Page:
This funding would help broaden the protection and interpretation efforts at these and other sites across the country that tell important stories of our shared national narrative.

Additionally, a $3 million proposal to establish the African American Burial Grounds Preservation Program would provide grants for identification, research, documentation, interpretation and preservation of African American burial grounds across the country that are or at risk of being damaged or destroyed.

As our country continues to evolve and honor more of its shared history, so too must our national parks and the stories they tell.


Cuts historic preservation

Every one of America’s more than 420 national parks preserves an important piece of our collective history and culture. Our parks tell the stories of our country’s determination, successes and injustices that we must continue to share and learn from. But funding and staffing shortfalls have made it difficult for parks to effectively and impactfully manage, preserve and interpret these stories.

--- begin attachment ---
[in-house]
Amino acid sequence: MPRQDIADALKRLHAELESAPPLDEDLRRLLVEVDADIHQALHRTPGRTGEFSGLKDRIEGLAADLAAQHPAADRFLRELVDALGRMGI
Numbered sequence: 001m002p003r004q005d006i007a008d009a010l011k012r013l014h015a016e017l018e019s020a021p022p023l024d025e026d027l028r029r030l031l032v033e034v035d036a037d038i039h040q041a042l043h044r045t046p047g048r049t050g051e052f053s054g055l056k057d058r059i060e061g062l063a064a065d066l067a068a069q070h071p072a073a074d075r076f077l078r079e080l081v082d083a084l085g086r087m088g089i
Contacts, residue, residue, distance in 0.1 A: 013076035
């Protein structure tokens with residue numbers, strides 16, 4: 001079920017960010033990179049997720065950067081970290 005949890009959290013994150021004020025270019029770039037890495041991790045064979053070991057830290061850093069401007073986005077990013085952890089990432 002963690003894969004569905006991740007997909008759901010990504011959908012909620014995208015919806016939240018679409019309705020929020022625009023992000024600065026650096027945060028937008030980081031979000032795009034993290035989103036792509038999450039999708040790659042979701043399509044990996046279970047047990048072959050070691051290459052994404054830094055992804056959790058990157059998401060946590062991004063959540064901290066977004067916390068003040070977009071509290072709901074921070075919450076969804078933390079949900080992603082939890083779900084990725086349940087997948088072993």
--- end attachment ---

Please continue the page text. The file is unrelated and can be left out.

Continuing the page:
On the positive side, the president’s proposal includes a 7% funding increase over 2023 for the management of cultural resources, which supports staff such as historians, archivists, curators and other professionals who are critical to preserving our nation’s foundational stories.

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Historic Preservation Corps members work on historic windows at Boston African American National Historic Site.

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Unfortunately, it also substantially cuts Park Service programs that support historic preservation of places and events that are crucial to our shared history. The budget includes a $37 million cut (18%) to the Historic Preservation Fund, which provides grants to states and Tribes to support historic preservation efforts in communities across the country.

It also proposes a $11 million cut (38%) to the Heritage Partnership program that aids national heritage areas, corridors and districts in the protection and interpretation our history, while also bolstering heritage tourism and supporting local economies. We can’t expect these programs to properly safeguard our nation’s most important places, artifacts and stories with cuts like these.

Disregards the growing backlog of park repair needs